While, with sales it’s obviously the number of closed and lost sales and the actual revenue, for marketing this has often been the results of campaigns, for example: marketing ROI, click-through-rates, page views, marketing and sales qualified leads (MQLs and SQLs), customer engagement and acquisition rates – to name but a few.
No wonder there can be a misalignment! Instead, I would suggest to start talking about shared goals such as pipeline and revenue – and how marketing has contributed to these numbers.
Shared visibility will demonstrate how hard each team has been working, incite trust and mutual respect, as well as lead to constructive conversations and overall engagement.
4. Agree on who your ideal customer is
Another way to bring the two teams together is to ensure they use the same language and share the same concepts. One of the key problems is the difference in understanding of who is a good fit for your company’s offering.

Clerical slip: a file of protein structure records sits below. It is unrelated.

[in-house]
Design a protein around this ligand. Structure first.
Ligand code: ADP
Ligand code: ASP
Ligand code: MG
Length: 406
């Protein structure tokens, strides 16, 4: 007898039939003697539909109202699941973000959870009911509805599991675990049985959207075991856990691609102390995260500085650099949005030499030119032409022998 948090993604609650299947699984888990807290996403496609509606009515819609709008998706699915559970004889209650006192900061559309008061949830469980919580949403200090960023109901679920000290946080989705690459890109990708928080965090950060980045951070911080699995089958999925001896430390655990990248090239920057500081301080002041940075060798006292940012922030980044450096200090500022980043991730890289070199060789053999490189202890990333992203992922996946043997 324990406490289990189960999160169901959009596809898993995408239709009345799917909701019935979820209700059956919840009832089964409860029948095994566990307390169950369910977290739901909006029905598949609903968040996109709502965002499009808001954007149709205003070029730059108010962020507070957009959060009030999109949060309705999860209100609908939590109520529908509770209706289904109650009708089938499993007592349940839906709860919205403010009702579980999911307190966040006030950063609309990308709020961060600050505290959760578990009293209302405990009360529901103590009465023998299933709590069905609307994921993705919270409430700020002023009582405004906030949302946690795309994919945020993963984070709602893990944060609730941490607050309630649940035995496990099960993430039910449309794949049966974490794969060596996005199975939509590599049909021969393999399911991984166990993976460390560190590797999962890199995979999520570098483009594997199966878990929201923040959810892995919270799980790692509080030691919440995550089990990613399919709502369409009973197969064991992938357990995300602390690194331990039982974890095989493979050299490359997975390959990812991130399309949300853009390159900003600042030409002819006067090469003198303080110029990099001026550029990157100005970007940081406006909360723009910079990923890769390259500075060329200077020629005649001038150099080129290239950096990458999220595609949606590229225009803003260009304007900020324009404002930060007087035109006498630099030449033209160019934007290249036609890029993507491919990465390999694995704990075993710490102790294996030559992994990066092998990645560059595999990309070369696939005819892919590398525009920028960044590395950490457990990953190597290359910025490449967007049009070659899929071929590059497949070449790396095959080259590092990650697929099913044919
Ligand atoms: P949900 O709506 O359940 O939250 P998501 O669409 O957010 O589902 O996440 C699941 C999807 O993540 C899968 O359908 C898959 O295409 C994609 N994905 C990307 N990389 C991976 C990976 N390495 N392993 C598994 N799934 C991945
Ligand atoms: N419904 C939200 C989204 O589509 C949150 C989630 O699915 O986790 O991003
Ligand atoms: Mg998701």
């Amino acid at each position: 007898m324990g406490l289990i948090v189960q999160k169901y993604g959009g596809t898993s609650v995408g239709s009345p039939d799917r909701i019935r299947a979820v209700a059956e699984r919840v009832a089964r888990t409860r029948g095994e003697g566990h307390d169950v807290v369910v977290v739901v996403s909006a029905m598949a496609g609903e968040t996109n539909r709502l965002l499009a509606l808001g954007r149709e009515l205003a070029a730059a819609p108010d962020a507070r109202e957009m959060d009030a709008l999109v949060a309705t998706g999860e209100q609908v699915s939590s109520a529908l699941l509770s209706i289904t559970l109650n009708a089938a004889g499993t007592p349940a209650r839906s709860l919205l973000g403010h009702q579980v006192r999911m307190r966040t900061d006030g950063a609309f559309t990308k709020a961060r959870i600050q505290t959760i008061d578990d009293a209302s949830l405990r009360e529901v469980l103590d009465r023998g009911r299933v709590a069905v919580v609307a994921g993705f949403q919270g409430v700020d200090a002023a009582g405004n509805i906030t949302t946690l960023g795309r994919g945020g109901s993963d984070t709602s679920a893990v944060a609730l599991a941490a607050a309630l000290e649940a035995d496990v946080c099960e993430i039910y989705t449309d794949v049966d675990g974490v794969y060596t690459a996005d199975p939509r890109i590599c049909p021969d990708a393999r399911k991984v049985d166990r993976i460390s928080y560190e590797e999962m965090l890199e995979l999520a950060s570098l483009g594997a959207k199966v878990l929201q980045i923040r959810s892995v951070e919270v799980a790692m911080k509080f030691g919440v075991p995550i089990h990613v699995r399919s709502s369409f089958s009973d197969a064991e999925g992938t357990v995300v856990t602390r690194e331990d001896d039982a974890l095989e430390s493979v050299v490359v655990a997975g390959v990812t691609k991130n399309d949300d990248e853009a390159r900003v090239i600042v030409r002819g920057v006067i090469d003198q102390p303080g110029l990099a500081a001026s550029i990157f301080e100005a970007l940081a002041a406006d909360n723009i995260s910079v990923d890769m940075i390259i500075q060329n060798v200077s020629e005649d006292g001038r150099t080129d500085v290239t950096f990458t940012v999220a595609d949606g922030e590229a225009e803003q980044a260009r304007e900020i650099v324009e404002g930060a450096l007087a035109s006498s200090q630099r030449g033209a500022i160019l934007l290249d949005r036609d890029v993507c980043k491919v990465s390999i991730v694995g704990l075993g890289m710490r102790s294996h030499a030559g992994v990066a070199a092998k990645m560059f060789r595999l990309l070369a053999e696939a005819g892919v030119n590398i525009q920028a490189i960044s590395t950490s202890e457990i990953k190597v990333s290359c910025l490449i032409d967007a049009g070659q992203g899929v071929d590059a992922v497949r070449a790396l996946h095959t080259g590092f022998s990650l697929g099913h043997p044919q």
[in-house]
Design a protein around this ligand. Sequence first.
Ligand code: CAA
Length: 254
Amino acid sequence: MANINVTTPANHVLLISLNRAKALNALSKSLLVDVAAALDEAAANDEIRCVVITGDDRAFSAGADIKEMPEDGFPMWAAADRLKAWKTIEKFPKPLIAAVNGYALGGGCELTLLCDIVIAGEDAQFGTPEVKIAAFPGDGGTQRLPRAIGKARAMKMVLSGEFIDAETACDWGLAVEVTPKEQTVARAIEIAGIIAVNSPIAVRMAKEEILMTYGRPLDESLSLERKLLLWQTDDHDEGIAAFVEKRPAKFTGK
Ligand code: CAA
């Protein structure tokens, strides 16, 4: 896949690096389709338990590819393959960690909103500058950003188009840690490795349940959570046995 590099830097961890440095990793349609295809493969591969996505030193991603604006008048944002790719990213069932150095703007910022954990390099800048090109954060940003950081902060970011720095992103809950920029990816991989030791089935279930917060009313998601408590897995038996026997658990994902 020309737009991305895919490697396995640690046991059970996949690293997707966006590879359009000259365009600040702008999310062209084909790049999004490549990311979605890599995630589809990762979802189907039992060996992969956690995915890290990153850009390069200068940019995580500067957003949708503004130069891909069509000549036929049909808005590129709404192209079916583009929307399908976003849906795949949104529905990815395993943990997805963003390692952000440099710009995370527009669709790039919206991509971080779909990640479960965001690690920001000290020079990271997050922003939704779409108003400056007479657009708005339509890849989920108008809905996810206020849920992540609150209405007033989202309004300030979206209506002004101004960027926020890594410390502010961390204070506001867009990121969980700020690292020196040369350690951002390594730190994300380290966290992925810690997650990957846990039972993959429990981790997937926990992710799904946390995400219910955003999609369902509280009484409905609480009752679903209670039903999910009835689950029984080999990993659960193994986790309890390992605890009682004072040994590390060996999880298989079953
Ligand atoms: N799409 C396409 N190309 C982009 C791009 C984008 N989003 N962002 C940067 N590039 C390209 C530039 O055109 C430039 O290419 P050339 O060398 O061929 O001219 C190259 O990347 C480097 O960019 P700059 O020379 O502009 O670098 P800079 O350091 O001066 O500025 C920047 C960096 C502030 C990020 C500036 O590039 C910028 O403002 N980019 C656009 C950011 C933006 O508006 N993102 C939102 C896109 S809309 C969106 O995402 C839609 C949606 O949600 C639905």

The solution is pretty simple here: sit down and define who your ideal customer is. This will help the teams to understand each other better and see clearly how they can help each other.
Once two teams know exactly whom they’re targeting, the communication will become clearer and the efforts will be more aligned.
You need to agree on such things as a customer’s demographics (industry, job title, revenue levels, etc.), psychological profile (likes, preferences, habits, attitudes), and their challenges and needs (how we can solve their problems and value). Did you know that the overwhelming majority – 74% of B2B buyers – choose the salesperson who was first to add value and insight in their buying process?